Why I Quit Social Media
Last year I attended the STORY conference here in Nashville, and it was two days of creative healing and inspiration that rocked my world. I got to attend a breakout session by Ally Fallon, a writer who helps others tell their stories honestly—someone I deeply respect and admire.
Because she helps people write books, she’s been in and around the publishing industry for years now, and she shared with us some advice that’s she heard over and over from professionals in that industry: “Grow your platform.”
My ears perked up at that familiar and daunting line, and I thought, No, not another person telling me what I already hate to hear.
But she didn’t stop there. She said, “It is the greatest tragedy that we tell writers to grow their platform before they do their art.” (Me: Wait, what?) She continued, “Because focusing on growing your platform is the very antithesis of making your art.”
I almost crumpled out of my chair into a heap of tears onto the floor. I’d never before heard a creative, much less a successful creative, talk about art and creativity that way.
She encouraged us to simply focus on our art, to write, to tell stories. Forget the platform building.
Social media has always been a pain point for me. Not only is there pressure to portray a perfect, beautiful life, but I also felt so much pressure to make something out of social media as a creative and a writer. I had sought the advice of others, and they all said the same thing: I needed to grow and cultivate an audience, build a platform, get eyes on my writing.
From day one, the entirety of my being has thrashed within itself at the thought of using my creative energy to build some kind of digital image with which people could connect. But I thought I just had to deal with the pressure and tension because that’s what it would take to achieve my goals.
Then I heard Ally’s words of wisdom. Maybe there could be another way.
That was six months ago.
It took another six months for me to summon the courage to take her advice—to focus on my art first—because a part of me still believed that social media was the only way forward in my growth as a writer.
At the turn of the new year, my soul itched with a desire to embrace radical living. I looked around and saw how much the mediocrity of my life was weighing me down and I felt hot desperation surge through my soul. I wanted to make a change and begin living radically in some way.
I just had no clue where to start.
And then I picked up Shauna Niequist’s book, Present Over Perfect.
I was sitting in the bathtub, surrounded by candles and a dripping glass of ice cold seltzer water, when I read these words:
"When you allow other people to determine your best choices; when you allow yourself to be carried along by what other people think your life should be, could be, must be; when you hand them the pen and tell them to write your story, you don't get the pen back. Not easily anyway. . .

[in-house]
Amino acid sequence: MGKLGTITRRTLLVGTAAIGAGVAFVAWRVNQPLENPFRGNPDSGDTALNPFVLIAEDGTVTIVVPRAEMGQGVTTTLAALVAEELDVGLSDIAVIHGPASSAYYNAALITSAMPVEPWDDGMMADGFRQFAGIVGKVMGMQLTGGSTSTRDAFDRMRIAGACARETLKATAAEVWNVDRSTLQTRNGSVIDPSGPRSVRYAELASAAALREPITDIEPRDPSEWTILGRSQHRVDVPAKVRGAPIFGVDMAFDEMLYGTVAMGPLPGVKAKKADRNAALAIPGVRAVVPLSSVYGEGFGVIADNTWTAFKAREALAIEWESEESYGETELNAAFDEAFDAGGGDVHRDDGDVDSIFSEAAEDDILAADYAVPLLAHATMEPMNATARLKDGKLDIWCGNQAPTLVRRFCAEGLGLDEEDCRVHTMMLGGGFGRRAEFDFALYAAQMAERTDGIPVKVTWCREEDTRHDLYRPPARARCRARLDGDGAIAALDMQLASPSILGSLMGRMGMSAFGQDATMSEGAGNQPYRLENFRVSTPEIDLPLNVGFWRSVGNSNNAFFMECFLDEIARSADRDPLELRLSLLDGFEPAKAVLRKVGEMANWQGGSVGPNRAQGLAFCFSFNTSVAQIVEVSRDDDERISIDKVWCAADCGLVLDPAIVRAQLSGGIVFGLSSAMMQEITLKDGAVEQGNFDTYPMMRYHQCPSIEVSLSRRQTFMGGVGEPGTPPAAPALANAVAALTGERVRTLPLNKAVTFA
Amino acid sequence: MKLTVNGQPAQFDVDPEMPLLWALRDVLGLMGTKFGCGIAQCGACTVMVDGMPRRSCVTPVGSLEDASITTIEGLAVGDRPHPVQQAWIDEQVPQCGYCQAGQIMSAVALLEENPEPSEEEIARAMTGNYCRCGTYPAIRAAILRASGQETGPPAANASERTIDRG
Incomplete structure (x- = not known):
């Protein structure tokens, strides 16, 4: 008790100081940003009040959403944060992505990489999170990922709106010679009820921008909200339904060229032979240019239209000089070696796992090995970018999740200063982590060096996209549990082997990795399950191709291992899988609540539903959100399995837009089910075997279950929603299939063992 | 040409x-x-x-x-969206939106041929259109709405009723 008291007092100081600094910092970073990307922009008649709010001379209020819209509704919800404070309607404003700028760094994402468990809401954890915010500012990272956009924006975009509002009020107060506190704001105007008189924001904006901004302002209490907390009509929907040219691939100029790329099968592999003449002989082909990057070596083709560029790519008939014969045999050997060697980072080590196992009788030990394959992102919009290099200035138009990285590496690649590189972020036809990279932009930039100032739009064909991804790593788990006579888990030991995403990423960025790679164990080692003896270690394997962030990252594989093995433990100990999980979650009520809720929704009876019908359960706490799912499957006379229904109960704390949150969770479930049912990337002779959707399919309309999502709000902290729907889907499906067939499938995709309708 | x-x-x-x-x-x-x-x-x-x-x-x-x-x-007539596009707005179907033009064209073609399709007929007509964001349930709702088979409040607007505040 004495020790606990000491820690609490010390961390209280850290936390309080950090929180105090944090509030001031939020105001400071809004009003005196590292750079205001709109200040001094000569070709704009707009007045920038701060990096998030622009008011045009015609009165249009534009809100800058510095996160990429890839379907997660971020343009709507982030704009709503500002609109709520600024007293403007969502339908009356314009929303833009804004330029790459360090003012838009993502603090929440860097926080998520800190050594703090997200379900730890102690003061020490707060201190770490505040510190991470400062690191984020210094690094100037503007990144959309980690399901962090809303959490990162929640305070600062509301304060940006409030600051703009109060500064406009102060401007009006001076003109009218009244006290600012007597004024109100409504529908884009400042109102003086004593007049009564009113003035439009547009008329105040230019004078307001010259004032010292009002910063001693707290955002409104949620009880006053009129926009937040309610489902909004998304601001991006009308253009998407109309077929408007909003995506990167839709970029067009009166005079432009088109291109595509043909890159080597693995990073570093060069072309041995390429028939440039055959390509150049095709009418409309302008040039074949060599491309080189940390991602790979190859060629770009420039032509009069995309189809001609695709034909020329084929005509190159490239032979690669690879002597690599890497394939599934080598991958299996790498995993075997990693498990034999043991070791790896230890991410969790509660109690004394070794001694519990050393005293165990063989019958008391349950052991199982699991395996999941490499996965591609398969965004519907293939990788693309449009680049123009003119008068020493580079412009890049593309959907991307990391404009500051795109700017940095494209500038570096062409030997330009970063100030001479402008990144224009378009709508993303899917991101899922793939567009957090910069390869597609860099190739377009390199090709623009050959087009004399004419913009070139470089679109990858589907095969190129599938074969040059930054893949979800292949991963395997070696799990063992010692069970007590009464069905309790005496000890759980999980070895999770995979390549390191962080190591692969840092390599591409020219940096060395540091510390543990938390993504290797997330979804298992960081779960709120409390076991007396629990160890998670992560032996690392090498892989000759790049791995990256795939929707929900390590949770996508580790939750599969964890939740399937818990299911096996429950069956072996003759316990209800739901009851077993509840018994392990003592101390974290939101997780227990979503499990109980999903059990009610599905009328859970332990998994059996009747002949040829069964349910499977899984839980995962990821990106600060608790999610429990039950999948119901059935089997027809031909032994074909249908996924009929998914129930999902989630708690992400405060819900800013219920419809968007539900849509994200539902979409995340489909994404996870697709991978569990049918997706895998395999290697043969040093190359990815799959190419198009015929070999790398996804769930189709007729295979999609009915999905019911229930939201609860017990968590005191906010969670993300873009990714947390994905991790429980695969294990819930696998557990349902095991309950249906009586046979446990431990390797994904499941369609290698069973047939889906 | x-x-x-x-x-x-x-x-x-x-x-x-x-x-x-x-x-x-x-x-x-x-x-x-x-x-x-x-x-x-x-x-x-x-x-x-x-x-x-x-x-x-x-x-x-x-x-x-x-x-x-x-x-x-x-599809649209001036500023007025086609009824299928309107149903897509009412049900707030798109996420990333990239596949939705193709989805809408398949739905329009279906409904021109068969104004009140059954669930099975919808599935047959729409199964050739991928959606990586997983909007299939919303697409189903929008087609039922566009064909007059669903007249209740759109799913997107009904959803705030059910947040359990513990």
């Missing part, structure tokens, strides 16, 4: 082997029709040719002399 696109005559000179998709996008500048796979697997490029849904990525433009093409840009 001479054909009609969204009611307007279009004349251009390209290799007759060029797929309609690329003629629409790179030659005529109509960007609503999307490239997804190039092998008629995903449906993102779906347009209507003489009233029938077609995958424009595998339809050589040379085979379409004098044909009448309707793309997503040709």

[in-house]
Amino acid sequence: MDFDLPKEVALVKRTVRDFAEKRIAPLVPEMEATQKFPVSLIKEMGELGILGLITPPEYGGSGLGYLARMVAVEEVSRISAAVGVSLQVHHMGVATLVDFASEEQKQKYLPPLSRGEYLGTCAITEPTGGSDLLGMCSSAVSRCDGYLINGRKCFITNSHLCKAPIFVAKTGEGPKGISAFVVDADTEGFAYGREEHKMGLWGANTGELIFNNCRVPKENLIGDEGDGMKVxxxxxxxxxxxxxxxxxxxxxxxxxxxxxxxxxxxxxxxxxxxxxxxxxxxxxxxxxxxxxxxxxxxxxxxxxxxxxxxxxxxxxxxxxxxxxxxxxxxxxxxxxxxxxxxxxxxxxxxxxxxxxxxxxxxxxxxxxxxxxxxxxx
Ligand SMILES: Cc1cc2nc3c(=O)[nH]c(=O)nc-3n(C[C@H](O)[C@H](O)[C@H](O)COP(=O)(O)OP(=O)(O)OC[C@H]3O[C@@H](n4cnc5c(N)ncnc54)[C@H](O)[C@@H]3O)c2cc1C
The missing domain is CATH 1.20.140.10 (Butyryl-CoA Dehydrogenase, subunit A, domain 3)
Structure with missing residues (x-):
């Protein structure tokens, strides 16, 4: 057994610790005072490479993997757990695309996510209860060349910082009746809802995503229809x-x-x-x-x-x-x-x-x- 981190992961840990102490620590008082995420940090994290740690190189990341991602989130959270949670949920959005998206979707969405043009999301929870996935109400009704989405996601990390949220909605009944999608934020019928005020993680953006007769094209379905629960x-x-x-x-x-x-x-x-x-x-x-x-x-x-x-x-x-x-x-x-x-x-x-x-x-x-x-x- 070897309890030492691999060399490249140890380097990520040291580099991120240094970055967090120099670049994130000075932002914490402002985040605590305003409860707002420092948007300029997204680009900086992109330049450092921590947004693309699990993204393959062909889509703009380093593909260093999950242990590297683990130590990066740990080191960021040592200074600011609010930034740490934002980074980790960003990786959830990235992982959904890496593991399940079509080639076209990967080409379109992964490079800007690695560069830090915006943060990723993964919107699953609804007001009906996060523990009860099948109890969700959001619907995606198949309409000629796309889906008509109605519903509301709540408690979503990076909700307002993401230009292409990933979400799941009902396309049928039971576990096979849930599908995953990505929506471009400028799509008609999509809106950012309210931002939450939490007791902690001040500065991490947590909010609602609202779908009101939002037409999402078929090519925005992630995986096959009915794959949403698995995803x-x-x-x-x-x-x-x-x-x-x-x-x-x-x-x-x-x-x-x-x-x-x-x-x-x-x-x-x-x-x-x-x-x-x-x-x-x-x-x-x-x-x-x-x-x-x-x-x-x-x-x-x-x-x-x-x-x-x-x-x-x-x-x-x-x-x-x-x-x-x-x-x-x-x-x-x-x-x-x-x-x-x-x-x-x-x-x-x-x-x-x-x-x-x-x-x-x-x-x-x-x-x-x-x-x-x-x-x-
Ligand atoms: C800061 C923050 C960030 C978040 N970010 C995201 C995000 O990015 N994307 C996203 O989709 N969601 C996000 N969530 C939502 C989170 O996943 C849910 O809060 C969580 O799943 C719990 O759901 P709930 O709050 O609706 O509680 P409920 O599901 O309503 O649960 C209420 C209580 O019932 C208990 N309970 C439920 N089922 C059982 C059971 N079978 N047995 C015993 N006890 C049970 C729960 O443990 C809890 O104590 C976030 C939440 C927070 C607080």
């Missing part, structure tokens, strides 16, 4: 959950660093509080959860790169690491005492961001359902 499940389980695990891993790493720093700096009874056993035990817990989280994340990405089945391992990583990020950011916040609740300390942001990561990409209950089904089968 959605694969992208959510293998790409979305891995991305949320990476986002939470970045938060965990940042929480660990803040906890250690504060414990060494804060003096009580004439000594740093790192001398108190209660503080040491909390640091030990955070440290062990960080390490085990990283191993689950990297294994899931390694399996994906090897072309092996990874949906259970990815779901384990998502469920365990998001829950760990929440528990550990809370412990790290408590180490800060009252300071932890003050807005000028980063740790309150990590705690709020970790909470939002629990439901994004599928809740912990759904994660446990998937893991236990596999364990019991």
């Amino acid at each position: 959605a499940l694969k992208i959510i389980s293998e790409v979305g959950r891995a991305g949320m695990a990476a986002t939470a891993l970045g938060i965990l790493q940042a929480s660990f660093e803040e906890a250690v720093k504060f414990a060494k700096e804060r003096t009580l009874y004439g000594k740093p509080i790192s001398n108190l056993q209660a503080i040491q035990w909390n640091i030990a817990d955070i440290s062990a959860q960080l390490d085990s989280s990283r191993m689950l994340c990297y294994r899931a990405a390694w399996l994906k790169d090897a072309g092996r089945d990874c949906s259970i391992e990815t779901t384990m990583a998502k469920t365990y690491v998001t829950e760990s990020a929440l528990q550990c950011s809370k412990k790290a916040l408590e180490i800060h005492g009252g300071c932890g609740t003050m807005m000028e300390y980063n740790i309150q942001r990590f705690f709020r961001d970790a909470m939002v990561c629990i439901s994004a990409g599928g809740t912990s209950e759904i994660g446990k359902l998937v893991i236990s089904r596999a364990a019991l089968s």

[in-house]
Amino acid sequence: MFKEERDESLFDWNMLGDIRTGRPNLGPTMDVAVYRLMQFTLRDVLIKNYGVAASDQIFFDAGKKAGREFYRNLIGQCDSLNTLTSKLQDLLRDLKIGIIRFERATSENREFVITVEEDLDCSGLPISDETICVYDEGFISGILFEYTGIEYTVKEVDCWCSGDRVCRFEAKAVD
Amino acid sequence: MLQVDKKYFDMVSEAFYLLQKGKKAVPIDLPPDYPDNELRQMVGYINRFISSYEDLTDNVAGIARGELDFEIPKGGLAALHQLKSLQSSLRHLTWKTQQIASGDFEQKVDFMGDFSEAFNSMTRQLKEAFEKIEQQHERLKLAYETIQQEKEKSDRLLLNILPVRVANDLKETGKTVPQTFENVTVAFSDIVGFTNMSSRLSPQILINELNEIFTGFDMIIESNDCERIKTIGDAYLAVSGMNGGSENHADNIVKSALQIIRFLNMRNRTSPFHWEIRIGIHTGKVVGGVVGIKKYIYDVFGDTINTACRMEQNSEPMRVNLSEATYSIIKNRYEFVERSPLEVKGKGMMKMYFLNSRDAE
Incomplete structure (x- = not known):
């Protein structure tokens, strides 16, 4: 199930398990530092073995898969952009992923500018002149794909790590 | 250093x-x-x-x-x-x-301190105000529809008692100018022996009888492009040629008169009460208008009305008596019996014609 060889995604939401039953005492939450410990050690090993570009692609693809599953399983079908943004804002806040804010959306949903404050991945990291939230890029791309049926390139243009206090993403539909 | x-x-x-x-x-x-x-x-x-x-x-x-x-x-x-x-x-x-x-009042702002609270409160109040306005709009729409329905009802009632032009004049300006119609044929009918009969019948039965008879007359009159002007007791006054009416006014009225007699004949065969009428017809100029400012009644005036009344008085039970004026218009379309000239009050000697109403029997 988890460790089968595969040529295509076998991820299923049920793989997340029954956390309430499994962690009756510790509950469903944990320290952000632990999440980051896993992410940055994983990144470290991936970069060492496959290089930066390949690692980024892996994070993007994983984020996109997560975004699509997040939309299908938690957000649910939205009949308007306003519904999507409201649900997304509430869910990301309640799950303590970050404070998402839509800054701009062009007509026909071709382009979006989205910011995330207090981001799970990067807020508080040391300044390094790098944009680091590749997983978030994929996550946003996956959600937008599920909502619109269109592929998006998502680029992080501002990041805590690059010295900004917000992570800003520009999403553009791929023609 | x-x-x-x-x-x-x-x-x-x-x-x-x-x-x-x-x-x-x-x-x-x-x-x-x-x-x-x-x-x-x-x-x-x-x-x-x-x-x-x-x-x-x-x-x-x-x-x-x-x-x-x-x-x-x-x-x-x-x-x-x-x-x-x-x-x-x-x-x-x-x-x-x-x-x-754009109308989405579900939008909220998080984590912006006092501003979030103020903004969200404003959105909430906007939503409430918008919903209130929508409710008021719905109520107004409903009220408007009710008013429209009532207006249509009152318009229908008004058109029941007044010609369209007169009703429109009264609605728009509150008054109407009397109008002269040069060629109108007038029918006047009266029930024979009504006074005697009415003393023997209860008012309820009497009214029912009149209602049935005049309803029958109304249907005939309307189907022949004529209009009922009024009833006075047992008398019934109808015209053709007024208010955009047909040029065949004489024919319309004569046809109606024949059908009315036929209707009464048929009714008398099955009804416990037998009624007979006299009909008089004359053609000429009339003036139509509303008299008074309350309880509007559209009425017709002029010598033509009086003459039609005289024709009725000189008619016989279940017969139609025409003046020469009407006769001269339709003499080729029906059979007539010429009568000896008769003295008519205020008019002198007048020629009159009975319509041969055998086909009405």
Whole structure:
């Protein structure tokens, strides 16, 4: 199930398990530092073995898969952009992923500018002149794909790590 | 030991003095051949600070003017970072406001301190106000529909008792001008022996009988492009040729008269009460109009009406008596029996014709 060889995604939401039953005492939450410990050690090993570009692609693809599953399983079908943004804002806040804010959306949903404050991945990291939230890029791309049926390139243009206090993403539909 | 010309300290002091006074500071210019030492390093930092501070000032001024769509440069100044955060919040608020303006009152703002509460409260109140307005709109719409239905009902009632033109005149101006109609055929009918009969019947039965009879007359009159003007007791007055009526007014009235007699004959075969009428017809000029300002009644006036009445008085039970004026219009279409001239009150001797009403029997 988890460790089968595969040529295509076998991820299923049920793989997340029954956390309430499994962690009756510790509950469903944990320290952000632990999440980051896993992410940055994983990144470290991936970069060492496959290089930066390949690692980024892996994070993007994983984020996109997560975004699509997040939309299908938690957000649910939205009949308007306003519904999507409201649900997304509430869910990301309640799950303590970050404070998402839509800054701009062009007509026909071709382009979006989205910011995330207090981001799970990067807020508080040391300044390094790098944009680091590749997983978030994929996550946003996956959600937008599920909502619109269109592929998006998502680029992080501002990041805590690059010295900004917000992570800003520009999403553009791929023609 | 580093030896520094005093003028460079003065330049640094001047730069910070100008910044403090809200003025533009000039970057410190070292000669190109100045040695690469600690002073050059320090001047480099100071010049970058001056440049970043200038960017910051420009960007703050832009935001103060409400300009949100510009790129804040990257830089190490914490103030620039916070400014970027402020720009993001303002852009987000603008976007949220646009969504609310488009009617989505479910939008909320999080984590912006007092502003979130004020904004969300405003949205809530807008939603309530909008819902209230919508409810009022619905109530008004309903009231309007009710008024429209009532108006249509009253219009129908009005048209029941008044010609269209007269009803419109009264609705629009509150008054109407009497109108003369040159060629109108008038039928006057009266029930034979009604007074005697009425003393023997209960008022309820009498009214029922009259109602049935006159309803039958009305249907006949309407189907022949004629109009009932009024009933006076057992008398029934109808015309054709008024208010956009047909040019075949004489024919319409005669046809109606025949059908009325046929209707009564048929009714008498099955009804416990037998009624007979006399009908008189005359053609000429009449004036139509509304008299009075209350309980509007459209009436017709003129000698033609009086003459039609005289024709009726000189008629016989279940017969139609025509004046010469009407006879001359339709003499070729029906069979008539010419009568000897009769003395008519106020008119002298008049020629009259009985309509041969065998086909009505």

. . .Be careful how much of yourself you give away, even with the best of intentions. There are things you cannot get back, things that God has not asked you to sacrifice."
And the first thing that slammed into my head and almost knocked me underwater was this: I want to quit social media.
As Shauna's warning flooded over me, I realized, with deep sadness, that I had let the advice from others dictate what I did with my life. Because someone had told me that social media was the most important thing I could build, the only avenue toward my goals, I believed them and blindly followed their advice despite the resistance in my soul.
So there in the bathtub, I let that thought linger and soak with me. Even as the doubts kept flooding in, I let that first, initial response of mine stay. I turned it over in my hands, looked at it from every possible angle.
Maybe I really could quit.
I left the bathtub and ran to tell Joshua.
Giving myself permission to deny this seemingly important social and professional responsibility caused such a release in my heart, that I couldn’t even finish reading Shauna’s words to him before I collapsed in tears.
See, for so long, I believed that social media was the only way forward, the only way to advance to my dreams, especially in this booming digital age. And yes, it is one way forward. Yes, it has worked for others.
But for me, there has to be another way.
At least, that’s what I’m betting on by taking a year off. And you know what, even if there isn’t another way, well then, those goals and dreams that drove me to social media truly aren’t worth it. Because, here’s where I’m at: I would rather write in solitude for the rest of my life and no one ever see my work ever again than live another day with a constant, unbearable pressure to make my social media presence matter, to bank the worth of my creative existence on the success I gain in those mediums. It truly is not worth it anymore.
Indeed, it would be too great a tragedy to gain the whole world only to lose my soul in the process.
P.S. My 12-month social media hiatus begins on April 1, 2018. Would you be willing to join me on this journey as my accountability and support? Click here to sign up and stay connected.